Abstract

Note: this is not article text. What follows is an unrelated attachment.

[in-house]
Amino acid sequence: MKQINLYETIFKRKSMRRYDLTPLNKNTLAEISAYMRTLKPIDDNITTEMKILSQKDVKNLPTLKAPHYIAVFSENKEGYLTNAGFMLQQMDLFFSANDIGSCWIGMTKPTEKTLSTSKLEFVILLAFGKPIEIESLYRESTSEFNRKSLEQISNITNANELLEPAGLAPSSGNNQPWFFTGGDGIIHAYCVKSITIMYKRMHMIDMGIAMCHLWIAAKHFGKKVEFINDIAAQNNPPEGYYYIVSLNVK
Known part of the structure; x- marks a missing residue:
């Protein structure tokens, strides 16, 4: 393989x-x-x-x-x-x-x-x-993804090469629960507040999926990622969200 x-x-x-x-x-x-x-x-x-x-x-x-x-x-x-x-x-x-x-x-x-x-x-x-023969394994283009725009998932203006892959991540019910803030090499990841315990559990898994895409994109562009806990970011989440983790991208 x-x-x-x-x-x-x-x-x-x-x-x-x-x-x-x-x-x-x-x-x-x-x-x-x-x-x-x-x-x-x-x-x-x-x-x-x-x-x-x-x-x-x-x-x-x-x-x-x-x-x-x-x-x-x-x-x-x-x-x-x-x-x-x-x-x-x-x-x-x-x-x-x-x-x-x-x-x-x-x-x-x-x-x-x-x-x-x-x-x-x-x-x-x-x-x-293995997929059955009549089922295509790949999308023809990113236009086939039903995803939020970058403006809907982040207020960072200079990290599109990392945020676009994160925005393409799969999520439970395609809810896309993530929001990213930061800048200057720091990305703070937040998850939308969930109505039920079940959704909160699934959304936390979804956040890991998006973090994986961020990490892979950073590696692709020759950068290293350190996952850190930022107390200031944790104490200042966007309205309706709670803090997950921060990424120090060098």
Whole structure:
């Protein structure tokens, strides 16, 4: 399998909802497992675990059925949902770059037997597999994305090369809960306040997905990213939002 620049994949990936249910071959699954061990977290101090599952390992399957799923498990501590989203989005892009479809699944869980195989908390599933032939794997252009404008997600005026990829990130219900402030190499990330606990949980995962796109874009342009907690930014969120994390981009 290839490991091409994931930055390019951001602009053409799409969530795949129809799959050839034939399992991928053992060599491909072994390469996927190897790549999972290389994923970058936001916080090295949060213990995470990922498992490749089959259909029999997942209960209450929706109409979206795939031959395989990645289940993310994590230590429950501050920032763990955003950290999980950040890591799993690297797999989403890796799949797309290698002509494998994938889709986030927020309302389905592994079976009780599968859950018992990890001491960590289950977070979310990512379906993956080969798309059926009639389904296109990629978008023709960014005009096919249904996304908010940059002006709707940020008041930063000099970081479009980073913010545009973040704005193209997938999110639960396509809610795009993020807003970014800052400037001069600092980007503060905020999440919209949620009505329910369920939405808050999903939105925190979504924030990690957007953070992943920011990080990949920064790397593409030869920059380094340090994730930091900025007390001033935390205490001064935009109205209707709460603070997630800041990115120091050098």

Strongly sorbing compounds such as P, pesticides, and heavy metals can be transported through soils while being adsorbed to mobile colloidal particles. While the rapid leaching of nonadsorbing chemicals is relatively well understood, the particle-facilitated transport of highly sorbing chemicals such as P requires further investigation. The aim of this work was to study spatial variations in particle-facilitated transport of P at the field scale, and investigate which soil-physical or chemical parameters relate to the observed variations. Leaching experiments were performed in the laboratory on 42 undisturbed soil columns sampled in a grid covering 25 by 30 m of an agricultural field. The columns were equilibrated in the laboratory to a pressure head of −20 cm and irrigated at a rate of 10 mm h−1 with an artificial rainwater solution. The experiments exhibited considerable variation among the columns in the accumulated mass of particles and P leached during the 3.5 h of irrigation. Columns taken from the lower part of the field showed the highest mass of leached particles. These columns had higher clay contents and contained more continuous macropores. The mass of particles was negatively correlated to the average electrical conductivity of the effluent, and positively correlated to the macropore flow velocity. The accumulated masses of particulate organic and inorganic P were linearly related to the accumulated mass of particles leached. About 75% of the leached P was transported in a particle-facilitated manner. Overall, soil structure controlled to a large extent the leaching of particles and particle bound P.

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